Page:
“Be nice to your college counselor – we write your letter of recommendation.” These words stood out in bold white letters on a bright red coffee mug that sat on my office desk for years. The cup’s blunt advice always received a chuckle from students and parents, likely because the suggestion was a gentle reminder of the role I played in the student’s college admission process.
The Value of Recommendation Letters
Like the college essay, letters of recommendation hold significant value in a holistic admission review. Colleges evaluate these letters to gain a deeper understanding of a student’s potential to be successful within their school community. Success is evaluated far beyond the numbers. A student’s character, leadership, intellectual curiosity, and drive to make a positive impact are all sought-after qualities. These attributes are often highlighted in a counselor’s letter.
Behind the Scenes of Recommendation Writing
Throughout my eight years on the “other side of the desk” as a college counselor, I wrote 300+ letters advocating for students, highlighting their unique qualities within 1,000 words. Each personalized letter took significant time to draft – no two letters were the same and cutting-and-pasting from one letter to another was simply not an option.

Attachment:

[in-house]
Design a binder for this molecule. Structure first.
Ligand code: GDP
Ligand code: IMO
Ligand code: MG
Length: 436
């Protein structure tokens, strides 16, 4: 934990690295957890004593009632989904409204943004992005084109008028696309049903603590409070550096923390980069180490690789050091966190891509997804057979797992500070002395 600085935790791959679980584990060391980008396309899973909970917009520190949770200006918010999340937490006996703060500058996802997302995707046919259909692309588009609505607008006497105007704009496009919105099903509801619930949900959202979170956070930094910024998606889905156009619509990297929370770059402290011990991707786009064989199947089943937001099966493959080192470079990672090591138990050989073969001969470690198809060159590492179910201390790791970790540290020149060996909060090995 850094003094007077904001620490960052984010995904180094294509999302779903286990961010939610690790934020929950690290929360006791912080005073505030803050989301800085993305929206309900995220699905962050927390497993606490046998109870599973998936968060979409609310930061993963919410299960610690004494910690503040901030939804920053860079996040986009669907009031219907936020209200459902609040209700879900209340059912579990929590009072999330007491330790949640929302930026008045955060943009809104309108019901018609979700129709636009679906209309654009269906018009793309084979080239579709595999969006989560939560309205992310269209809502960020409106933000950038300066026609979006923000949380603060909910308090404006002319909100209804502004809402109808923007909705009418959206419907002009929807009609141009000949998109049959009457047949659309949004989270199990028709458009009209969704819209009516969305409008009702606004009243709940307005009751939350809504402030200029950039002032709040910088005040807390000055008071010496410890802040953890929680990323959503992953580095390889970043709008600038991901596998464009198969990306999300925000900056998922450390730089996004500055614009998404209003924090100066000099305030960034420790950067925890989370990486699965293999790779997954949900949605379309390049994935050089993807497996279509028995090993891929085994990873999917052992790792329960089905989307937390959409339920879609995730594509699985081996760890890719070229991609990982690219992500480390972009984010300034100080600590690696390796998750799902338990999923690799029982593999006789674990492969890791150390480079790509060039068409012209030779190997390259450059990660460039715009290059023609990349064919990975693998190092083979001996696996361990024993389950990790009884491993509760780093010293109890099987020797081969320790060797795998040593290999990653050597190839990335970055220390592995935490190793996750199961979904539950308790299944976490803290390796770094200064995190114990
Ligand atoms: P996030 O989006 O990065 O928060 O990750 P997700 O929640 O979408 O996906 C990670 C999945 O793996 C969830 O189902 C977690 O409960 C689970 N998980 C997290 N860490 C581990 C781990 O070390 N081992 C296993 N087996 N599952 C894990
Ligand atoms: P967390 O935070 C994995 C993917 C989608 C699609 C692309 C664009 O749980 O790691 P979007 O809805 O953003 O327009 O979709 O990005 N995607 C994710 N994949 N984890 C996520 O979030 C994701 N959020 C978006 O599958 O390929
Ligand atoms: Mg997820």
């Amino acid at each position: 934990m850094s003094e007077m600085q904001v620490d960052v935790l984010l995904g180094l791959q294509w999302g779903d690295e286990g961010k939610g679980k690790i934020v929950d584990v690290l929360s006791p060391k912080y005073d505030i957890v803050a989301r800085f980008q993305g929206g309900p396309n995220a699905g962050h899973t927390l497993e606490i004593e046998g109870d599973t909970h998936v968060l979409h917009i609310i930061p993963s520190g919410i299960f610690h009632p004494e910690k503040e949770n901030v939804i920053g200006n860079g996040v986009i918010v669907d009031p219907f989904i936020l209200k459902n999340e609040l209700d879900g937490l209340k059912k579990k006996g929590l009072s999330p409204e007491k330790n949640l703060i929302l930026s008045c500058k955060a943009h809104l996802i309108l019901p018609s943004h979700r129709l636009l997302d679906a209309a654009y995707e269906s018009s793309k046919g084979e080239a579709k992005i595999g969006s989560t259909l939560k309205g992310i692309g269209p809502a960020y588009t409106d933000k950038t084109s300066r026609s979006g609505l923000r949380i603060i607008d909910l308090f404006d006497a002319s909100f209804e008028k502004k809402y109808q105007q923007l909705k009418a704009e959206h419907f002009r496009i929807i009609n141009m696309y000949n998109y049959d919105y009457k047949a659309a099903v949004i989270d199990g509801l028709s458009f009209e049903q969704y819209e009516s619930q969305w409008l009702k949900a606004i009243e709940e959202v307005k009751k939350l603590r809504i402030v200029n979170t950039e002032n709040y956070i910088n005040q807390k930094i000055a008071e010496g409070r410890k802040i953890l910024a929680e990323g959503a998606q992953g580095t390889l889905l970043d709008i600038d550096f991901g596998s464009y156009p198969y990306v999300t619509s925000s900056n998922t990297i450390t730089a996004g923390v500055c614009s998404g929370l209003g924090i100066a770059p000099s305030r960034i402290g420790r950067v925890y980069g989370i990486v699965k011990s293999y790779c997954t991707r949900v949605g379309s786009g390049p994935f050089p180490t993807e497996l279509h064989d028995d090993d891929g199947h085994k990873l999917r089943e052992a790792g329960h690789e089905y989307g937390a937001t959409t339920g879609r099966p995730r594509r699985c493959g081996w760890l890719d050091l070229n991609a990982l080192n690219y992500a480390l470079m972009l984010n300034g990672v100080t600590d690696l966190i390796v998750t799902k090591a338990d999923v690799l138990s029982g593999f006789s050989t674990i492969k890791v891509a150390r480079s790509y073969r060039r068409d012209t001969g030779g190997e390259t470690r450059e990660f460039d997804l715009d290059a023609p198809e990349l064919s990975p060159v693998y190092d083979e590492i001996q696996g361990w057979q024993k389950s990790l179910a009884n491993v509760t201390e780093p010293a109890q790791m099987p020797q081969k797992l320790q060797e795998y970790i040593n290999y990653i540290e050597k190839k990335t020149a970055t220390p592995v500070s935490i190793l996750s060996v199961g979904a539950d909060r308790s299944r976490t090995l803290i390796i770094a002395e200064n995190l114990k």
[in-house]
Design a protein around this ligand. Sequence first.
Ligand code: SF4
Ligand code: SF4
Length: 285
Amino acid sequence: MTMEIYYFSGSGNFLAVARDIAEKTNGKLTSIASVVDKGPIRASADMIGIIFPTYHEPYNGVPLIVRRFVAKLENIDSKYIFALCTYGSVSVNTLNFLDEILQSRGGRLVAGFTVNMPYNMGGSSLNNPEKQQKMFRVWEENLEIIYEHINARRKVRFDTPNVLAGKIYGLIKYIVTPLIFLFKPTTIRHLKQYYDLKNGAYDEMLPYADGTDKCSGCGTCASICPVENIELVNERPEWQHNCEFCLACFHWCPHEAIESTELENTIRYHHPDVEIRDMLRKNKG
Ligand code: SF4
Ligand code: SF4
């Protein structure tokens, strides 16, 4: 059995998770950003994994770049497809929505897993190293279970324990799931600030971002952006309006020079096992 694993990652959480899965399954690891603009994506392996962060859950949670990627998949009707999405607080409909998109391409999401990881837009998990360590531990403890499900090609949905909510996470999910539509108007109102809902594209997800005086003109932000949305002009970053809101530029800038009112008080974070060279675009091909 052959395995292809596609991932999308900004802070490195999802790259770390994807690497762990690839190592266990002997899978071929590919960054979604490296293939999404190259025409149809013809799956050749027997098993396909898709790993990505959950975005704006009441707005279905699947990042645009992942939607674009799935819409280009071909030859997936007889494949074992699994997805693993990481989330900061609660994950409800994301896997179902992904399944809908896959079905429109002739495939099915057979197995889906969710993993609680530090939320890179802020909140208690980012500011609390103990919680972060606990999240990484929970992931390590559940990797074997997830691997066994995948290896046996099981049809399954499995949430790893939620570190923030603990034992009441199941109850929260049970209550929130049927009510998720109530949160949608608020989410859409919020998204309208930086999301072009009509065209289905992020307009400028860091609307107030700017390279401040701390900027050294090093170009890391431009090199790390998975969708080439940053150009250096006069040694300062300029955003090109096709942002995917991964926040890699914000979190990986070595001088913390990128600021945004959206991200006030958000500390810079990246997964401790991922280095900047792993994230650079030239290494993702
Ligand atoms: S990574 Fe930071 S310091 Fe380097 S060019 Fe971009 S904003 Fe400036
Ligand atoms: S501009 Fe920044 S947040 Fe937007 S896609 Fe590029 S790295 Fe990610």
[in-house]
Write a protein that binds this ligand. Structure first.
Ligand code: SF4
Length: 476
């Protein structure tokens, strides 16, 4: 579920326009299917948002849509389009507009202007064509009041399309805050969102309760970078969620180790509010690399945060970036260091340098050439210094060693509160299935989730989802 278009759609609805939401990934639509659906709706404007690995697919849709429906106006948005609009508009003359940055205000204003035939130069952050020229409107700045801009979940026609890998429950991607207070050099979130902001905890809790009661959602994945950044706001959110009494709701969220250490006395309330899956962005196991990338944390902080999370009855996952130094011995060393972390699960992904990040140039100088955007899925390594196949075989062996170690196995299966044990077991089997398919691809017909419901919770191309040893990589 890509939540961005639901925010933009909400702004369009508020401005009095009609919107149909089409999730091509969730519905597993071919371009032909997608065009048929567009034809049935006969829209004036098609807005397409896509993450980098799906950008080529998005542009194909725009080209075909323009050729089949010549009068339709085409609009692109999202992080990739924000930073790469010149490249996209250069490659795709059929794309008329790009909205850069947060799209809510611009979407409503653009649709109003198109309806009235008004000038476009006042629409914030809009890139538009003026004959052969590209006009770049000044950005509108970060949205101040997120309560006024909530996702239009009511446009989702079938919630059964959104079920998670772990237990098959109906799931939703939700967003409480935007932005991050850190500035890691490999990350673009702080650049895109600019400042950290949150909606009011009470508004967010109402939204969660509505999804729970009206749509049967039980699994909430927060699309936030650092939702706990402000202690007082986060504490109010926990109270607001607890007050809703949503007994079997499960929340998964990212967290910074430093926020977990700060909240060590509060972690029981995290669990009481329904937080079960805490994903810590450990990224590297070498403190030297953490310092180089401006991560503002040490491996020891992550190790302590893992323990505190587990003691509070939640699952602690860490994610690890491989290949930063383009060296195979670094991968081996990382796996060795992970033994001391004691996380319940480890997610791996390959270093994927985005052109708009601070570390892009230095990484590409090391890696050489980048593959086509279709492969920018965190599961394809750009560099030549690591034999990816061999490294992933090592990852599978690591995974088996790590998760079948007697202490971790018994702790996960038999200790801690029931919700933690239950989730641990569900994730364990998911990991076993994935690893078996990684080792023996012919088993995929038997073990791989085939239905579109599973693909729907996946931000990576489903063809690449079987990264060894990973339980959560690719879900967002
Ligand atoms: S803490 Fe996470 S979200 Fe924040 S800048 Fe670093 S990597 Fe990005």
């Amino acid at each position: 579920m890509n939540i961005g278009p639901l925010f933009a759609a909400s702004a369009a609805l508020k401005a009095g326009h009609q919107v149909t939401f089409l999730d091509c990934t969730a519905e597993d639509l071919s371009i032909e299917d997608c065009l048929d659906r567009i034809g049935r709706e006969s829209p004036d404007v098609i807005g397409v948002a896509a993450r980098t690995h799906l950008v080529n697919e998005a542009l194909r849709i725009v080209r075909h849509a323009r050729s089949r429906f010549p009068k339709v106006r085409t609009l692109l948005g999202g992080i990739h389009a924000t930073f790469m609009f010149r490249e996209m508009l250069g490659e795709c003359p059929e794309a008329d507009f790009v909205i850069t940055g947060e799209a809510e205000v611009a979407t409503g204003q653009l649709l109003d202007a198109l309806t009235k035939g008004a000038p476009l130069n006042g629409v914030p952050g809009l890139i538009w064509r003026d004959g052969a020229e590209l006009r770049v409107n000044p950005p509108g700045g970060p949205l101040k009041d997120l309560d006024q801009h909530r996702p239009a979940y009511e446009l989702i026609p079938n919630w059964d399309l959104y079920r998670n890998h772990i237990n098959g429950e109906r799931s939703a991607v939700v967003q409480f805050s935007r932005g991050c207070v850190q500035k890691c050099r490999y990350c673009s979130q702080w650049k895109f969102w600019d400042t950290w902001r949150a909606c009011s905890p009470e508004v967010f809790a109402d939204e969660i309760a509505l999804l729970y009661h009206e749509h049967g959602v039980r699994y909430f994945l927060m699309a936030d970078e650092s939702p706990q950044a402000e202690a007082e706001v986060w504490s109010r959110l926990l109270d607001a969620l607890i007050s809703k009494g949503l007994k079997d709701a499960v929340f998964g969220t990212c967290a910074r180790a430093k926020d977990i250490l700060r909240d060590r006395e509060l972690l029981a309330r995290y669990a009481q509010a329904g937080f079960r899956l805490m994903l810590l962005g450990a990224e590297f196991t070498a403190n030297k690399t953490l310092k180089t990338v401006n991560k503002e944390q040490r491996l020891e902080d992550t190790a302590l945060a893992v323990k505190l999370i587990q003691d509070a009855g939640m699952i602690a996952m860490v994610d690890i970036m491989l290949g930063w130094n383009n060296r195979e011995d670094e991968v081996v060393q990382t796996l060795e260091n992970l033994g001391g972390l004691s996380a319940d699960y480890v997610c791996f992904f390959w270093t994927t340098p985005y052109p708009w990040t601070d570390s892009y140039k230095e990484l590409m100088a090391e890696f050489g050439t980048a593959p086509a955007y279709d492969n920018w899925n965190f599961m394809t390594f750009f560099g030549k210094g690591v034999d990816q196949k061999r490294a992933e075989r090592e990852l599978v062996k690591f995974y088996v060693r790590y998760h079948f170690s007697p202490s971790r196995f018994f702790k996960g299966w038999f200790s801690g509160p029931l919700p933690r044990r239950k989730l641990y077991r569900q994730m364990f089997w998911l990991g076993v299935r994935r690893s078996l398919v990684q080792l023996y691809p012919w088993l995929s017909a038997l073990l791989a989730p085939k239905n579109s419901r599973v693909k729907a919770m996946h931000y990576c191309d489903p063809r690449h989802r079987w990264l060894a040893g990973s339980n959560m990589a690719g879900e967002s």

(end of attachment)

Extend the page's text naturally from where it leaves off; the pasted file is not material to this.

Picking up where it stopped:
But, in reality, I didn’t know every student to the depth in which my letters expressed. Any college counselor can attest to how challenging this aspect of the job is. Some students spend hours with their counselor discussing their passions, political issues that sparked a reaction, research projects, sports, arts, and more. Others do the required 50-minute meeting and then are seldom heard from again. Nevertheless, the letter must be drafted. Counselors go to incredible lengths to acquire student information from those who know them best. They turn to teachers, advisors, coaches, and others within the school community for insight. Students are observed on countless platforms, including on stage, in the studio, and on the athletic field. Regardless of any situation, counselors reflect on their student’s potential as observed on their very best days.
The Power of the Recommendation Letter
For many students and parents, the thought of a school professional holding this level of power through their written letter is daunting. Students are required to sign the FERPA agreement, granting permission for school administrators to share supporting documents with colleges (transcripts, letters of recommendation, etc.). This is necessary in order for college application files to be complete. As part of this agreement, students and parents are also waiving permission to access the letters written on their behalf. Colleges are only interested in letters that grant recommenders full autonomy for an honest reflection. This can be nerve-wracking for those who are especially anxious.
Student and Parent Input in Recommendation Letters